Morphine use for cancer pain: A strong analgesic used only at the end of life? A qualitative study on attitudes and perceptions of morphine in patients with advanced cancer and their caregivers

Palliative Medicine 2020, Vol 34(5) 619– 629 (Editor's Choice)

Each month, one article from Palliative Medicine, the EAPC's official research journal, is selected as 'Editor's choice' and the author invited to contribute a short post to the EAPC blog explaining the background to the full article in the journal. This month's 'Editor's choice' is described below with access to the free PDF version.  (You can also read the blog post version here)


The prevalence of undertreated cancer pain remains high. Suboptimal pain control affects quality of life and results in psychological and emotional distress. Barriers to adequate pain control include fear of opioid dependence and its side effects.


To investigate the attitudes and perceptions of morphine use in cancer pain in advanced cancer patients and their caregivers and to examine the influence of caregivers' attitudes and perceptions on patients' acceptance of morphine.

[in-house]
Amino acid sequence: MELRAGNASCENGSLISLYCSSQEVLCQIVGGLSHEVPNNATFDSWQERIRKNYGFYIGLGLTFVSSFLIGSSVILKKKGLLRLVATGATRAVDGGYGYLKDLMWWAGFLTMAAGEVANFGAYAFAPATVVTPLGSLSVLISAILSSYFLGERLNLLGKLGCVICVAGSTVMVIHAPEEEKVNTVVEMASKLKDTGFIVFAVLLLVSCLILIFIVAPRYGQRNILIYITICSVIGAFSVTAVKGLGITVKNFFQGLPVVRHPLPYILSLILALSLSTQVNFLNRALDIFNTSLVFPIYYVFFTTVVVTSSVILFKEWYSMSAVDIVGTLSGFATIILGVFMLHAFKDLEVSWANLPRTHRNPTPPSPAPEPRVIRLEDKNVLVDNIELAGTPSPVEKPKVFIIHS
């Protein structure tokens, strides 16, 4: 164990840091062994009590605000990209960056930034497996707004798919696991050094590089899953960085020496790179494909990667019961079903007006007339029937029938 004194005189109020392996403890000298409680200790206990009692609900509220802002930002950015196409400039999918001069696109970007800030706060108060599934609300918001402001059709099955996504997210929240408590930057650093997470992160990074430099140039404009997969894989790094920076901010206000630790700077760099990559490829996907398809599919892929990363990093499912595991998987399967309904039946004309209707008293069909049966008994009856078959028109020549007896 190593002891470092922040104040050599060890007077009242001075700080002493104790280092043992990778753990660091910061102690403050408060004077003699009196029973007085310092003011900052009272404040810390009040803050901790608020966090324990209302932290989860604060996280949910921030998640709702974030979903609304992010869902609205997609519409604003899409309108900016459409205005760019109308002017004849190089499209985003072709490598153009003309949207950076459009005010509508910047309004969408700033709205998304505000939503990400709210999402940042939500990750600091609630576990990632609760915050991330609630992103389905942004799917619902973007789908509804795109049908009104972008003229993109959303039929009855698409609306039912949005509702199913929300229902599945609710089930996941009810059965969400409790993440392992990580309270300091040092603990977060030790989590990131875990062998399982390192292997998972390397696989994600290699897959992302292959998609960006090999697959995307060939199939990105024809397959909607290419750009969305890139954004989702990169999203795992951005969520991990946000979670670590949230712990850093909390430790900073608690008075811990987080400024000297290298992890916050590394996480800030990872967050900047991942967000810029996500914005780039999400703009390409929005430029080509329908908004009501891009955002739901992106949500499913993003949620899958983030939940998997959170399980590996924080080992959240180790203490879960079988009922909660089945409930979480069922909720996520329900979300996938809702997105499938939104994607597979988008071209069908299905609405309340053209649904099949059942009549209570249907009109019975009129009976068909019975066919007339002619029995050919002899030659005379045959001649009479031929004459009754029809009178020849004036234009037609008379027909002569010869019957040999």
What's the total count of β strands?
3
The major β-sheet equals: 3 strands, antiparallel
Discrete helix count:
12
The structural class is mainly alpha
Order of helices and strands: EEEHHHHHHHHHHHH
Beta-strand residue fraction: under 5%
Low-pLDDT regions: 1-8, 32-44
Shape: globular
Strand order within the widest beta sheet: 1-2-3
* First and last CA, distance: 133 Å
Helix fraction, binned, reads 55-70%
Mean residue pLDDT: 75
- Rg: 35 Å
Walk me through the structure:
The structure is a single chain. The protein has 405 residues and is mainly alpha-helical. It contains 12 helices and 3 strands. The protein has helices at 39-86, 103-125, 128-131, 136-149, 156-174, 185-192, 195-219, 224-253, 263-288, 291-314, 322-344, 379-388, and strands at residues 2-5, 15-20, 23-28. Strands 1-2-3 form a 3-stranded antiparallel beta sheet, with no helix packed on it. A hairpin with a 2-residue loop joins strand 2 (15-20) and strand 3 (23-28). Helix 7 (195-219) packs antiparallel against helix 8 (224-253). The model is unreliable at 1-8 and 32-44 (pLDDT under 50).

Qualitative study involving semi-structured individual interviews transcribed verbatim and analyzed thematically.


A total of 18 adult opioid-naïve patients with advanced cancer and 13 caregivers (n = 31) were recruited at a private tertiary hospital via convenience sampling.


Attitudes and perceptions of morphine were influenced by previous experiences. Prevalent themes were similar in both groups, including perceptions that morphine was a strong analgesic that reduced suffering, but associated with end-stage illness and dependence. Most participants were open to future morphine use for comfort and effective pain control. Trust in doctors' recommendations was also an important factor. However, many preferred morphine as a last resort because of concerns about side effects and dependence, and the perception that morphine was only used at the terminal stage. Caregivers' attitudes toward morphine did not affect patients' acceptance of morphine use.


Most participants were open to future morphine use despite negative perceptions as they prioritized optimal pain control and reduction of suffering. Focused education programs addressing morphine misperceptions might increase patient and caregiver acceptance of opioid analgesics and improve cancer pain control.


Morphine; attitude; cancer pain; palliative care; perception; qualitative research


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